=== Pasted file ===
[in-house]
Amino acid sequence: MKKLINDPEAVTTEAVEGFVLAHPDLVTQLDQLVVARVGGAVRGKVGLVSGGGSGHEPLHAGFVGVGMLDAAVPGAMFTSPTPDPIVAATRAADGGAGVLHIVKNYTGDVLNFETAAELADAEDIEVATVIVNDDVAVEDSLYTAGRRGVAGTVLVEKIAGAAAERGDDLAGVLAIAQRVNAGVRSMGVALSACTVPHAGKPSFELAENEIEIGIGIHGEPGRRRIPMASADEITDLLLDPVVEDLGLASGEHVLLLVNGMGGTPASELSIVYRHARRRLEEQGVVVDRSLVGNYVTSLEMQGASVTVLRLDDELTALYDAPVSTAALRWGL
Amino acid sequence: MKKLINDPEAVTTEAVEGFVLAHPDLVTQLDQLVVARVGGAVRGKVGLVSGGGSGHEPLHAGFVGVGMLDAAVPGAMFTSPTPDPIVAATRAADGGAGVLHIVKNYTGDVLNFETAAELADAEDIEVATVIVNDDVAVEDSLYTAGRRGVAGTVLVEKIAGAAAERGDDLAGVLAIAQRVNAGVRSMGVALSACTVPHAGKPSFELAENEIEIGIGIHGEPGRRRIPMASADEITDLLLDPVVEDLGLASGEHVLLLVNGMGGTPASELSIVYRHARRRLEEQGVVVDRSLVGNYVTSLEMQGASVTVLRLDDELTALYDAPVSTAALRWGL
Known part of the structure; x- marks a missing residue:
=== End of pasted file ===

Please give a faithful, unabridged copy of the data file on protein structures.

[in-house]
Amino acid sequence: MKKLINDPEAVTTEAVEGFVLAHPDLVTQLDQLVVARVGGAVRGKVGLVSGGGSGHEPLHAGFVGVGMLDAAVPGAMFTSPTPDPIVAATRAADGGAGVLHIVKNYTGDVLNFETAAELADAEDIEVATVIVNDDVAVEDSLYTAGRRGVAGTVLVEKIAGAAAERGDDLAGVLAIAQRVNAGVRSMGVALSACTVPHAGKPSFELAENEIEIGIGIHGEPGRRRIPMASADEITDLLLDPVVEDLGLASGEHVLLLVNGMGGTPASELSIVYRHARRRLEEQGVVVDRSLVGNYVTSLEMQGASVTVLRLDDELTALYDAPVSTAALRWGL
Amino acid sequence: MKKLINDPEAVTTEAVEGFVLAHPDLVTQLDQLVVARVGGAVRGKVGLVSGGGSGHEPLHAGFVGVGMLDAAVPGAMFTSPTPDPIVAATRAADGGAGVLHIVKNYTGDVLNFETAAELADAEDIEVATVIVNDDVAVEDSLYTAGRRGVAGTVLVEKIAGAAAERGDDLAGVLAIAQRVNAGVRSMGVALSACTVPHAGKPSFELAENEIEIGIGIHGEPGRRRIPMASADEITDLLLDPVVEDLGLASGEHVLLLVNGMGGTPASELSIVYRHARRRLEEQGVVVDRSLVGNYVTSLEMQGASVTVLRLDDELTALYDAPVSTAALRWGL
Known part of the structure; x- marks a missing residue: